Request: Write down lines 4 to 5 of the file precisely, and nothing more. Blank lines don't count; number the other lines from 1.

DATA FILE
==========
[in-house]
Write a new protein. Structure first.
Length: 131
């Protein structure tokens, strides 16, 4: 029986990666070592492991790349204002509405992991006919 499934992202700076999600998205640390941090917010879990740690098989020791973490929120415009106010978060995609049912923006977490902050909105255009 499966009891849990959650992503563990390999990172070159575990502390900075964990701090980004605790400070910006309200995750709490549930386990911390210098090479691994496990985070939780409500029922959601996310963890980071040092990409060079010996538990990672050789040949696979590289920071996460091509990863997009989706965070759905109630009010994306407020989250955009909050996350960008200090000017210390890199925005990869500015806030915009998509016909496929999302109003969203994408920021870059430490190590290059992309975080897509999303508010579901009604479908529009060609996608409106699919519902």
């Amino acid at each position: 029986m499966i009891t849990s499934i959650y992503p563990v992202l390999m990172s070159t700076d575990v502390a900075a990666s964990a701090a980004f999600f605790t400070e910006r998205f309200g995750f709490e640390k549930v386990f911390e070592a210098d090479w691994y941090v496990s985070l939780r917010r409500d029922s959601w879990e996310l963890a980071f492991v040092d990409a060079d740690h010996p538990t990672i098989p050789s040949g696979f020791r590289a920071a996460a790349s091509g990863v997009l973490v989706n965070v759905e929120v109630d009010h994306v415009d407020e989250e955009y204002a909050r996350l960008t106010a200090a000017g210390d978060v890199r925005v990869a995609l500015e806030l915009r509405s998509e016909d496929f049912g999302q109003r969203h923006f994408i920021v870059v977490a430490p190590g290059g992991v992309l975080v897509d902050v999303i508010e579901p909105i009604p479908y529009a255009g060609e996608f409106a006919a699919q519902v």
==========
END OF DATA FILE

């Protein structure tokens, strides 16, 4: 029986990666070592492991790349204002509405992991006919 499934992202700076999600998205640390941090917010879990740690098989020791973490929120415009106010978060995609049912923006977490902050909105255009 499966009891849990959650992503563990390999990172070159575990502390900075964990701090980004605790400070910006309200995750709490549930386990911390210098090479691994496990985070939780409500029922959601996310963890980071040092990409060079010996538990990672050789040949696979590289920071996460091509990863997009989706965070759905109630009010994306407020989250955009909050996350960008200090000017210390890199925005990869500015806030915009998509016909496929999302109003969203994408920021870059430490190590290059992309975080897509999303508010579901009604479908529009060609996608409106699919519902």
């Amino acid at each position: 029986m499966i009891t849990s499934i959650y992503p563990v992202l390999m990172s070159t700076d575990v502390a900075a990666s964990a701090a980004f999600f605790t400070e910006r998205f309200g995750f709490e640390k549930v386990f911390e070592a210098d090479w691994y941090v496990s985070l939780r917010r409500d029922s959601w879990e996310l963890a980071f492991v040092d990409a060079d740690h010996p538990t990672i098989p050789s040949g696979f020791r590289a920071a996460a790349s091509g990863v997009l973490v989706n965070v759905e929120v109630d009010h994306v415009d407020e989250e955009y204002a909050r996350l960008t106010a200090a000017g210390d978060v890199r925005v990869a995609l500015e806030l915009r509405s998509e016909d496929f049912g999302q109003r969203h923006f994408i920021v870059v977490a430490p190590g290059g992991v992309l975080v897509d902050v999303i508010e579901p909105i009604p479908y529009a255009g060609e996608f409106a006919a699919q519902v």